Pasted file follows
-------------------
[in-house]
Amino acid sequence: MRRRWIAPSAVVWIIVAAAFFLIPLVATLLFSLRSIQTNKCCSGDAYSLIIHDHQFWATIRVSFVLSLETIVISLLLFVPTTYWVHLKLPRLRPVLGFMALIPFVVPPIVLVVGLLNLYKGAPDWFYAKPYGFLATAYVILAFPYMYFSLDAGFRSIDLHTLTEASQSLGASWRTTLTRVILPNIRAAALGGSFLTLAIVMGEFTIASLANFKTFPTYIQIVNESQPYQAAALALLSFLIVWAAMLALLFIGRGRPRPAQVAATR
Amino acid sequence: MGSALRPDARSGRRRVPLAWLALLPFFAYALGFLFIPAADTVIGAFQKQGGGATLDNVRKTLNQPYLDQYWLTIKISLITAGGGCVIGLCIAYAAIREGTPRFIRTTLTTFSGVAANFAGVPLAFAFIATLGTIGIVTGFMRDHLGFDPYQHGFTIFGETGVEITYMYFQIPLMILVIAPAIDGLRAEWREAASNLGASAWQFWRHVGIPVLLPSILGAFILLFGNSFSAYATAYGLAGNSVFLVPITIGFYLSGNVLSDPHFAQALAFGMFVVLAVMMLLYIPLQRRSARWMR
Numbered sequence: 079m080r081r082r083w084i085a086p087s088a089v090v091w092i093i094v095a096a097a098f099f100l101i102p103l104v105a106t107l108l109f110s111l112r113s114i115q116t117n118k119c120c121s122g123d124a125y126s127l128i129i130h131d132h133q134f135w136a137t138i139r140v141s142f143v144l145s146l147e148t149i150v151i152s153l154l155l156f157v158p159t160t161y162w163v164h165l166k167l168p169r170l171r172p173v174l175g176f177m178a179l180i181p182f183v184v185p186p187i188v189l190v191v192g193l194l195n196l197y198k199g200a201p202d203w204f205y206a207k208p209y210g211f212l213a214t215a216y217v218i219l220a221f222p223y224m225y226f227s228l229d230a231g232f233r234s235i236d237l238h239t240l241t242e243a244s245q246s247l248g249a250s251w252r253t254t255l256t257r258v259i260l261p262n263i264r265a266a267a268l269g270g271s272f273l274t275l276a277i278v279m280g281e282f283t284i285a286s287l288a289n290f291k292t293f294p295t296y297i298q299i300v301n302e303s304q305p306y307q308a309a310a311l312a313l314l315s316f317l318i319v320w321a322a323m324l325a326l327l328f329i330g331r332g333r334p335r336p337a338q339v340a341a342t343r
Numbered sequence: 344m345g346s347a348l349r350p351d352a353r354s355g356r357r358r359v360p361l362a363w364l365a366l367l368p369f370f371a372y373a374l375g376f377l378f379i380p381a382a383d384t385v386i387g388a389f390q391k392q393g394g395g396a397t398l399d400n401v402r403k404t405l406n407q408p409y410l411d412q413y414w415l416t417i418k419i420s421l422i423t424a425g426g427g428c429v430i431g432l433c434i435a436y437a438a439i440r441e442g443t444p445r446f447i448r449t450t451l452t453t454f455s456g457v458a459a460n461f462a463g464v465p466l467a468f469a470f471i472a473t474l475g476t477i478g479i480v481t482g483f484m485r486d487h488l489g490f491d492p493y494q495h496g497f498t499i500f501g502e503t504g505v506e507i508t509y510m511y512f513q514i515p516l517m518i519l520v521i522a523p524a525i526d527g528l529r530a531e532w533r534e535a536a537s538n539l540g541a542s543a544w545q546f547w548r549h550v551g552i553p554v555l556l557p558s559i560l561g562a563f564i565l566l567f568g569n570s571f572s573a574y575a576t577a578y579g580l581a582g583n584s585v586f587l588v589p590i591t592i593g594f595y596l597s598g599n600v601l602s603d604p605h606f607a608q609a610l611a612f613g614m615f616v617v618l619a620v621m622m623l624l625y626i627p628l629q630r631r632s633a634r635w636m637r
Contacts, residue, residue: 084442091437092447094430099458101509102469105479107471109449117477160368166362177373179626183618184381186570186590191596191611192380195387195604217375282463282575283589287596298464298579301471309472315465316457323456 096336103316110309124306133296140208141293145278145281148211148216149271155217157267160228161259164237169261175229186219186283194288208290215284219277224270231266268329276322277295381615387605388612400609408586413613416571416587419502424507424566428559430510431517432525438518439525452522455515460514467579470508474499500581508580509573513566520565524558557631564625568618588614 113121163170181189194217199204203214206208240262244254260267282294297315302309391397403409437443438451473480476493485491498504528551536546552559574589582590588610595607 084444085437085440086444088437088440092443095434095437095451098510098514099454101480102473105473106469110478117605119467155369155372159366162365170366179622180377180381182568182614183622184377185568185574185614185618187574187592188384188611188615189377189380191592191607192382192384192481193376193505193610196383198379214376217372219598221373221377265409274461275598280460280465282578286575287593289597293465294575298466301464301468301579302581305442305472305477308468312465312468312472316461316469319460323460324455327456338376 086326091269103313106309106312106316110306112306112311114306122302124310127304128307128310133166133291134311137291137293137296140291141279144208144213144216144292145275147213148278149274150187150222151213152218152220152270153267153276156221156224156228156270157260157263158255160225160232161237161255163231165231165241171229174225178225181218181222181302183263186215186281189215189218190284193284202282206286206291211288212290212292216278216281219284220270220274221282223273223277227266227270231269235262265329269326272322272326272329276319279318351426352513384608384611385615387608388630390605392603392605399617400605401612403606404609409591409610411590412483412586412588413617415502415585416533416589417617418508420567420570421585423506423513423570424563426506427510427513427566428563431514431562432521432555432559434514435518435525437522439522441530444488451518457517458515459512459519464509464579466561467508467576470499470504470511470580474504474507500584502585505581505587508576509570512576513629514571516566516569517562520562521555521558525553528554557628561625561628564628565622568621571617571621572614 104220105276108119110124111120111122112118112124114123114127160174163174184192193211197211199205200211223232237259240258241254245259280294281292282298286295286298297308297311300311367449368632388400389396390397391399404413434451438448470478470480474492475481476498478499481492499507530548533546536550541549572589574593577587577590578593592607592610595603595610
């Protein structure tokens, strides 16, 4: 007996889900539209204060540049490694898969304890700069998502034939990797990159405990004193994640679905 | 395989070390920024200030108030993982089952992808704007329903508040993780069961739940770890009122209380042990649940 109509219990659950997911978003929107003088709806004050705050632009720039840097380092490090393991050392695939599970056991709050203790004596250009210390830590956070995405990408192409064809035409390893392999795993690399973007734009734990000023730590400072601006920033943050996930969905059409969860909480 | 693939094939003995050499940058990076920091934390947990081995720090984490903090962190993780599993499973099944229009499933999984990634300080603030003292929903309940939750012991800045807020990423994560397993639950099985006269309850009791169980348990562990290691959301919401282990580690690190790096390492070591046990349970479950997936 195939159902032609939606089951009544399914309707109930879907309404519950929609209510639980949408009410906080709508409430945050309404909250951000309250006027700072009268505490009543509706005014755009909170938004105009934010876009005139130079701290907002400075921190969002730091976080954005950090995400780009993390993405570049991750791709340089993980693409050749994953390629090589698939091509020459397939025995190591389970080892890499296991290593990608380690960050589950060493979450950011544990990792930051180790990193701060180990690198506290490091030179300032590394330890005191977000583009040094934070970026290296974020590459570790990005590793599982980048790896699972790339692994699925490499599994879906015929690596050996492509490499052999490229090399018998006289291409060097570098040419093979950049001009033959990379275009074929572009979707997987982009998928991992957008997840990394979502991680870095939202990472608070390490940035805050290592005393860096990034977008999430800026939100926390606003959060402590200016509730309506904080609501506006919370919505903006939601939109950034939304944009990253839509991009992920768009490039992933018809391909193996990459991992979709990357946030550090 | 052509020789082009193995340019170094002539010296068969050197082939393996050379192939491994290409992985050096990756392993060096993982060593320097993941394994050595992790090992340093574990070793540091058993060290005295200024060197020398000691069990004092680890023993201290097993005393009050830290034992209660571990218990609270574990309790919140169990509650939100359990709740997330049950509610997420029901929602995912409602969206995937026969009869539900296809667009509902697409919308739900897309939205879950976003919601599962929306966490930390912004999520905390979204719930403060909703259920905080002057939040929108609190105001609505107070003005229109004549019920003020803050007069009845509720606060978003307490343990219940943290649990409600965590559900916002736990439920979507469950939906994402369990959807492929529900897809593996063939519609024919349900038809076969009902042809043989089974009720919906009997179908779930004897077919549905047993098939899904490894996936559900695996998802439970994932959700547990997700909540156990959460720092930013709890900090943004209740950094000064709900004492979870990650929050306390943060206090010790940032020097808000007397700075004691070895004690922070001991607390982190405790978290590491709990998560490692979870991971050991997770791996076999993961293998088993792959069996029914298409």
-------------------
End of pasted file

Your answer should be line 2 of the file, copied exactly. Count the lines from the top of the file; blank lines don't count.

Amino acid sequence: MRRRWIAPSAVVWIIVAAAFFLIPLVATLLFSLRSIQTNKCCSGDAYSLIIHDHQFWATIRVSFVLSLETIVISLLLFVPTTYWVHLKLPRLRPVLGFMALIPFVVPPIVLVVGLLNLYKGAPDWFYAKPYGFLATAYVILAFPYMYFSLDAGFRSIDLHTLTEASQSLGASWRTTLTRVILPNIRAAALGGSFLTLAIVMGEFTIASLANFKTFPTYIQIVNESQPYQAAALALLSFLIVWAAMLALLFIGRGRPRPAQVAATR